Thursday, June 22, 2006

Opposites Should Attract at Work...

I've been thinking a bit more about the Dale Wolf's article on Marketing by Vision or by Research.

Actually, the article started me thinking more about my relationship with Dale. In previous assignments, Dale and I have worked very closely together, but right now, we are on separate tracks so we occassionally run into each other, but not on a regular basis.

Dale and I have very different styles of working, but we both have the ability to step back from our preferred style in order to work together. Occassionally when I need an outside opinion, I give Dale a call and ask him to act as a sounding board / brain storming partner. And occassionally Dale does the same.

Why? We don't naturally work the same way. Dale is very much a marketing geek, and I'm very much a technologist (subliminal positioning was intentional).

So, When our projects get stuck, why do we call each other. After some thought, I think the answer is that we are opposites, but have established a trust relationship.

My style is research focused, but I try to keep a tight rein on the amount of research. When research is no longer moving forward efficiently, I switch over to creative approaches to make leaps forward, before starting on the next wave of research. This style tends towards steady progress towards the goal, with measurable process and few, relatively brief periods of stagnation.

Dale's style is a just the opposite. He lives for the creative part of the process, and uses research as a background for his creative work. Research is not aimed at providing specific progress towards the goal, but rather is general background material that fules his creative fires. This style results in long periods of no obserable progress followed by large leaps forward (well hopefully forward). It also results in a need to perform massive amounts of research, and makes it difficult to focus research because the bit that provides the creative spark can come from almost anywhere.

Both of these styles end up with 70-80% of the time spent in research, but the purpose and nature of the research is very different. Dale may in fact spend more time on research than I do, even though he would classify himself as in the Creative category.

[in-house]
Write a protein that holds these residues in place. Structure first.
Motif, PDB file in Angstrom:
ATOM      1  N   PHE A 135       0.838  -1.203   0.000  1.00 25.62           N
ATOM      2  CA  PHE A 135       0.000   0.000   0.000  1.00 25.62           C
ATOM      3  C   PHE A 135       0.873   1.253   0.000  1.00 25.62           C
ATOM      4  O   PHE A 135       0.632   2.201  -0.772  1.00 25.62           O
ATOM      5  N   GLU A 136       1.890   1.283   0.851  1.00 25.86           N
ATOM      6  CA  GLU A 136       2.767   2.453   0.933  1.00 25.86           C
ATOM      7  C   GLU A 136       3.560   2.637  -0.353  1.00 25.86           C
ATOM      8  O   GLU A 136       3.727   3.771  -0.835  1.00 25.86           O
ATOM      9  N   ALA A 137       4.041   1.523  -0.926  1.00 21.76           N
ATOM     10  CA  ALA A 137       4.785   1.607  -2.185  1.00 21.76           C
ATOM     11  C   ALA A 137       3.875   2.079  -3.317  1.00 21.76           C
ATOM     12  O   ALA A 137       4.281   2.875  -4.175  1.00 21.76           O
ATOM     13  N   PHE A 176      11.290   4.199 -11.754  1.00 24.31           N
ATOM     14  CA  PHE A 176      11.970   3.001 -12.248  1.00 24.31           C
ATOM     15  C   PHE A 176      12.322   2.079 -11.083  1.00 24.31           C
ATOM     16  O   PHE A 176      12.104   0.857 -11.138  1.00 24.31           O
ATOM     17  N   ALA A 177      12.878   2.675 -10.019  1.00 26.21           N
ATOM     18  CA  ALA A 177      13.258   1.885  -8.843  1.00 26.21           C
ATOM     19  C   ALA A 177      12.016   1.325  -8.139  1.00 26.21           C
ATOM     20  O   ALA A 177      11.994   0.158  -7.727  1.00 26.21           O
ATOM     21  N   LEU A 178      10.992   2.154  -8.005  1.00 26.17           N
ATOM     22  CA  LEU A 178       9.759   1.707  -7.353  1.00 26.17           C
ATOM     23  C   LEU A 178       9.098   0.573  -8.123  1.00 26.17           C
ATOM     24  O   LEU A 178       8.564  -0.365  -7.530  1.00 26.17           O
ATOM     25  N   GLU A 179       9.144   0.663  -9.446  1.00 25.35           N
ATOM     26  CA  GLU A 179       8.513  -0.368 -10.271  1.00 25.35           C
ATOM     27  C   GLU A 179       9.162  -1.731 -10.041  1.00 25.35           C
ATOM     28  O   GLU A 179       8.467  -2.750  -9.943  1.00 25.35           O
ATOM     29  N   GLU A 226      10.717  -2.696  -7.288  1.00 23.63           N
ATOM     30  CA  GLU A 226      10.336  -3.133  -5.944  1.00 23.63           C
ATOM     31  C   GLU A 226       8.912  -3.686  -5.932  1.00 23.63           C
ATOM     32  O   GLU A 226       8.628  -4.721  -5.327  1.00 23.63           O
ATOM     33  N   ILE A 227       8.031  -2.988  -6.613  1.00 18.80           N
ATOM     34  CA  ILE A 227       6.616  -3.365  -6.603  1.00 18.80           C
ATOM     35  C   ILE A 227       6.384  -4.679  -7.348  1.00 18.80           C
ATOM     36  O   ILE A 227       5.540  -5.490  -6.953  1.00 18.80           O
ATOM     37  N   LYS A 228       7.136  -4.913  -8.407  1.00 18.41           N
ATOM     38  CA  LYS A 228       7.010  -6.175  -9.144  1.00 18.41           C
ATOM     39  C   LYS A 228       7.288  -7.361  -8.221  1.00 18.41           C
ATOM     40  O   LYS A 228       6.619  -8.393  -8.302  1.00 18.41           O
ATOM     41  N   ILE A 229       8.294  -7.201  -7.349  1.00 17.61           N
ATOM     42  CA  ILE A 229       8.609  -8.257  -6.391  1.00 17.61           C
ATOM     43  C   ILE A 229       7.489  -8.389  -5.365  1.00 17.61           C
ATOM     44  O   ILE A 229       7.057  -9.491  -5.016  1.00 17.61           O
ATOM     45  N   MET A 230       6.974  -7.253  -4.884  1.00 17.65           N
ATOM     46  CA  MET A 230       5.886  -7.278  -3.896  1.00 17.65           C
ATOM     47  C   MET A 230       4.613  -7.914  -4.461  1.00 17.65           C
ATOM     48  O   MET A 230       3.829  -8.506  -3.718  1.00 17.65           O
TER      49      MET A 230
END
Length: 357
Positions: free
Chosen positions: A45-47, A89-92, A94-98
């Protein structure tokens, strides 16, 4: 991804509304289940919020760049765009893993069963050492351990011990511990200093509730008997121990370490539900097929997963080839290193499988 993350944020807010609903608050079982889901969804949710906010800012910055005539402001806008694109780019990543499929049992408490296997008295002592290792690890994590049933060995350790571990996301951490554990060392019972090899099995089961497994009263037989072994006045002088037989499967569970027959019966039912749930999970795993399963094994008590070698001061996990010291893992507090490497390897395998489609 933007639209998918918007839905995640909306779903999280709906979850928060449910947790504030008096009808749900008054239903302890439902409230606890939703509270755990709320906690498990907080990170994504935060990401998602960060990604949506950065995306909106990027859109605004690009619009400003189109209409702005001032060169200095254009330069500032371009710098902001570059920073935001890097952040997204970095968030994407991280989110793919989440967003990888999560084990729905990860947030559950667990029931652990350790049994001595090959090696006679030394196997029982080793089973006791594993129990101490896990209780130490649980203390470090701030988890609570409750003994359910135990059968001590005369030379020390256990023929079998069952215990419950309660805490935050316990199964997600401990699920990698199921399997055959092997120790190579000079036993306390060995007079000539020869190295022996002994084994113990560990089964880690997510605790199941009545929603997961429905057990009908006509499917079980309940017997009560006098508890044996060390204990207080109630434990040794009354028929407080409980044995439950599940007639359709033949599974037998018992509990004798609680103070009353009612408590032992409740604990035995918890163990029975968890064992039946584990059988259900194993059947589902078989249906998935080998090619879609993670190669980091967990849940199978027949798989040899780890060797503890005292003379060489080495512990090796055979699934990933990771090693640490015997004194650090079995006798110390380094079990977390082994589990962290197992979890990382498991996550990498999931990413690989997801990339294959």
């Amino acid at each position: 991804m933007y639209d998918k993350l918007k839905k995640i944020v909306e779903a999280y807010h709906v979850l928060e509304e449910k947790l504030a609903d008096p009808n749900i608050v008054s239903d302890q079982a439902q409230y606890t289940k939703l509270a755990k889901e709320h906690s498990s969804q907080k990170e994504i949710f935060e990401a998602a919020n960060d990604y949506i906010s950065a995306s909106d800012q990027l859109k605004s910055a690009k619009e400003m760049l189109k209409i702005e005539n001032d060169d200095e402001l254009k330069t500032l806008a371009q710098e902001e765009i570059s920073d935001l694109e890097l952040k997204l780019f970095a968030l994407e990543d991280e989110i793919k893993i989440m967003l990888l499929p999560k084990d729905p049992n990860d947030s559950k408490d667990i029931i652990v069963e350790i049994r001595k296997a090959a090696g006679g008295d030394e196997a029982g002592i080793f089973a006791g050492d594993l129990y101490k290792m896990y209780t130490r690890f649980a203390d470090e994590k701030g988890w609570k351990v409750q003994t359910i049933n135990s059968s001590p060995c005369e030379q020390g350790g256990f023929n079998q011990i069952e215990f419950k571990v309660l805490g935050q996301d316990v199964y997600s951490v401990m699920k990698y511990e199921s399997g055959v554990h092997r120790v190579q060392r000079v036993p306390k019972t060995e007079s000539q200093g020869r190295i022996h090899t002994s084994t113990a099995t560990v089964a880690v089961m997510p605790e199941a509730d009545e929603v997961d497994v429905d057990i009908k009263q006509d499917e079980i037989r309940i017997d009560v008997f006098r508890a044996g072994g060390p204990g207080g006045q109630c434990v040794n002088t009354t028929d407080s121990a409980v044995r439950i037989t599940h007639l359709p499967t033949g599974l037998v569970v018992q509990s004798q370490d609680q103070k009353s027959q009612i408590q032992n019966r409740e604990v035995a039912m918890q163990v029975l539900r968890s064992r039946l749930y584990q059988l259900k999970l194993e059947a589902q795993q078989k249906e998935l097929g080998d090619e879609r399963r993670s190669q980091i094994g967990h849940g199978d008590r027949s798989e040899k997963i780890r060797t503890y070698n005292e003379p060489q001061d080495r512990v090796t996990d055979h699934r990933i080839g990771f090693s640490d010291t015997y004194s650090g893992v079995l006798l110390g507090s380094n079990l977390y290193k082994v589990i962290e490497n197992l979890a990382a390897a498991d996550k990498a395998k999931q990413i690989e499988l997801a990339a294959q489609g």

Enough introspective analysis. Why do we call each other? I think that the answer is that the two styles of research are representative of two differnt styles of thinking. When I really get stuck, to misquote Monty Python "I need something really different" and for me, the answer is often Dale. Dale may not be able to help, but he almost always gets me outside the box I'm stuck in.

I suspect Dale's reasons are often the opposite. He can get stuck needing that creative leap, and so overwhlemed with background informatoin that he can't pull it together. Adding a more structured viewpoint (my own tendancy) may not lead anywhere direclty, but it can narrow the focus and add direction making the creative leap more likely.

The morale of this long story? If you are in a leadership position, cultivate relationships with people whose thinking style and approach to problems is the opposite of yours. It may be uncomfortable, especially at first, but later on that relationship may provide the missing ingredient in your project at the most critical time.

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